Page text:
• Bernice Chaput

    Bernice B. Chaput, 94, of Marion died Friday at St. Luke Hospital in Marion. She was born Feb. 13, 1920, in Clyde to Frank and Minnie (Chartier) Begnoche. She grew up in Cloud County and attended Tabor Grade School. She married Alcid Chaput on Feb. 21, 1939. They farmed in the Miltonvale and Aurora communities before moving to Junction City in 1961. They later moved to Lecompton, Desoto, and Topeka.



  • Art stroll features many sights, sounds

    Art and music enthusiasts from as far away as Kansas City and Salina wandered from booth to booth and shop to shop on Main St. along with a number of county residents Sunday afternoon in downtown Marion. “The people from Kansas City said they were amazed with the quality of artists and musicians that we had,” event organizer Jan Davis said. “They couldn’t believe that a small town could have such talent.”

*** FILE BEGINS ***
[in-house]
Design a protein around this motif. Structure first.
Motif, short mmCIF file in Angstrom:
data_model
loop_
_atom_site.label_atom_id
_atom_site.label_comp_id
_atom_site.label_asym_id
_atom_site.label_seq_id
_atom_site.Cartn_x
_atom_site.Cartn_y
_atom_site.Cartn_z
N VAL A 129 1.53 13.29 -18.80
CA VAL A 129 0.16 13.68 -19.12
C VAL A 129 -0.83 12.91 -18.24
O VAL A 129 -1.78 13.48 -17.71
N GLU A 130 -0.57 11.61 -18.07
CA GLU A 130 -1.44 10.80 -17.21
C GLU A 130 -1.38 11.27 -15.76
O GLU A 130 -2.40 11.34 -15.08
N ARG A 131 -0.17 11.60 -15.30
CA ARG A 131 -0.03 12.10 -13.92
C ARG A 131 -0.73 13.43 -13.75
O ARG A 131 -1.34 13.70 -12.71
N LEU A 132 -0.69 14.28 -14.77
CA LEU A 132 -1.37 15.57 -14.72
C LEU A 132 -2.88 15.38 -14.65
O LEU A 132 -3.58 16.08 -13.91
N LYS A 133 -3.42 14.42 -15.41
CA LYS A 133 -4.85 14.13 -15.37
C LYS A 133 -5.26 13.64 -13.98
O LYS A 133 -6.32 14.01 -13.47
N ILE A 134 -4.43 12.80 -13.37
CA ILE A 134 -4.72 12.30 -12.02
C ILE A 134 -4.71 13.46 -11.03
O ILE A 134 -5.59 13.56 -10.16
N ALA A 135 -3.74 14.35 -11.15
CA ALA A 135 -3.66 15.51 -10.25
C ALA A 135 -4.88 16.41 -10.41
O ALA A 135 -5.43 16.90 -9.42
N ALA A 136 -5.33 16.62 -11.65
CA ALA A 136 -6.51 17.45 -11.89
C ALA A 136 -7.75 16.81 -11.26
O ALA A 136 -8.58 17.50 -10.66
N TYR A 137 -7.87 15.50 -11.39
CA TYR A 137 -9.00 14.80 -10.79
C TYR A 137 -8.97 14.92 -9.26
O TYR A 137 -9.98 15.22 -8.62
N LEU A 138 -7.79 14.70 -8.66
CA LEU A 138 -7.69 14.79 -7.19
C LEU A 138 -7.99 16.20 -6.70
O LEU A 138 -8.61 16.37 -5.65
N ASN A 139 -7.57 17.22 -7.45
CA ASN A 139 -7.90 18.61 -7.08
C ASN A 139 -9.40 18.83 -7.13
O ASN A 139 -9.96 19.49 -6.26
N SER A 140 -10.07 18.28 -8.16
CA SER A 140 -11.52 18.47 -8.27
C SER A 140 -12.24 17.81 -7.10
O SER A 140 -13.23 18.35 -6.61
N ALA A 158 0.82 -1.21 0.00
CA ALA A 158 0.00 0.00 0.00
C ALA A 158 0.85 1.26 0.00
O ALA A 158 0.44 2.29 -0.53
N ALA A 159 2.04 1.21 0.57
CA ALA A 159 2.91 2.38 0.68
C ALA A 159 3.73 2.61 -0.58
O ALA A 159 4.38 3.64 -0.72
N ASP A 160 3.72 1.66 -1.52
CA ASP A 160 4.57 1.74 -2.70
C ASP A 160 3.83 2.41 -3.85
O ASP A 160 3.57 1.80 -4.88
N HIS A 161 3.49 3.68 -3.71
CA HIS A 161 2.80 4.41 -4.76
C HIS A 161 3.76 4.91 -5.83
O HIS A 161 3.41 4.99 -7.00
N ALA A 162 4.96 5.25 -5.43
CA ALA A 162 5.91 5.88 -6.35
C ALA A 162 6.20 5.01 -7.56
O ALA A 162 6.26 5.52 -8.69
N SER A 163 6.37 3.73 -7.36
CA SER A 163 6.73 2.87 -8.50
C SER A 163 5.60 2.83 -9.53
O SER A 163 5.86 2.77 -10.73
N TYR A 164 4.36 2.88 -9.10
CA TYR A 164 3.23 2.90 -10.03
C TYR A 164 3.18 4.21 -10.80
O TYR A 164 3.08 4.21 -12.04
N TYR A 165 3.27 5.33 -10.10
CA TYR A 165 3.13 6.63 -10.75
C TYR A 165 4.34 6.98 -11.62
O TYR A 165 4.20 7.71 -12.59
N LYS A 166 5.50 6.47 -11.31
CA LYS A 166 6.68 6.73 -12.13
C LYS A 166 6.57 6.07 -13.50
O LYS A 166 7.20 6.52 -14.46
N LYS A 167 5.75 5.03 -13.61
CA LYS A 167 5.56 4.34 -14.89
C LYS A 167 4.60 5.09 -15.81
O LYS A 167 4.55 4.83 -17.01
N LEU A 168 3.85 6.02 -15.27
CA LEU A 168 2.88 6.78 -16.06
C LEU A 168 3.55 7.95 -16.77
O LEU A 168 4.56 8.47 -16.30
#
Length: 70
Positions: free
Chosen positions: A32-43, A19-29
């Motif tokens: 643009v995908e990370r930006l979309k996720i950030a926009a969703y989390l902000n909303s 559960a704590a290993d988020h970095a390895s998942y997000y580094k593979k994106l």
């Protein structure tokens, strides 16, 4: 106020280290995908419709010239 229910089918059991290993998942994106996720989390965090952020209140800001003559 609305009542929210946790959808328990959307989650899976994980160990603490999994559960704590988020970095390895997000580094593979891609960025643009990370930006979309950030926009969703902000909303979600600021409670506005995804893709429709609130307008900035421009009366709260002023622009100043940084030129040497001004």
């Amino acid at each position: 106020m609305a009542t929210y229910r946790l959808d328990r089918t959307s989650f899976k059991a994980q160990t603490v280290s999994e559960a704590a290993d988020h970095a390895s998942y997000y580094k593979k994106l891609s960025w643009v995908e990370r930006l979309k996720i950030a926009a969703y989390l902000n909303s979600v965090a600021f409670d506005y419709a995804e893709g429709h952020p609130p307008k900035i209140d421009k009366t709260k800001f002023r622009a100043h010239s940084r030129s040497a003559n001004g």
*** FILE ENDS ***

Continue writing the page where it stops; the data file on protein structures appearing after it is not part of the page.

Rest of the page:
• Chingawassa Days filled with events for young and old

    People from all over will flock to Marion this weekend for Chingawassa Days. More than 1,400 volunteer hours go into planning, setting up, working, and cleaning up from the event with 30 volunteers assisting Thursday and Friday to set everything up.

  • Lake is a getaway for visitors

    As the weather gets warmer, more visitors begin spending their time at Marion County Lake. “It’s nice just being away from the city,” said Grant Morton, a Wichita resident. “We come out here every week.”

  • County museums are places for learning and fun

    For those interested in history, Marion County has several interesting sites that will fascinate and teach about times past. Marion County Museum The Marion County Museum is housed in the former Baptist Church building built in 1887. It overlooks Central Park and features the history and genealogy of the county.

  • Lakes offer many opportunities for tubing, wakeboarding, skiing

    Cousins Gavin Smith of Olathe, Drew Sullivan of Topeka, and Kaleb Sullivan of Hutchinson gathered with their extended family this weekend at Marion Reservoir for a weekend of camping and boating fun. The family has two or three get-togethers a year in May, June, or July at the reservoir. Ben Smith, Gavin’s father, said the reservoir is a good meeting point because it is in between all of the families.

  • Cliff swallows make home under bridge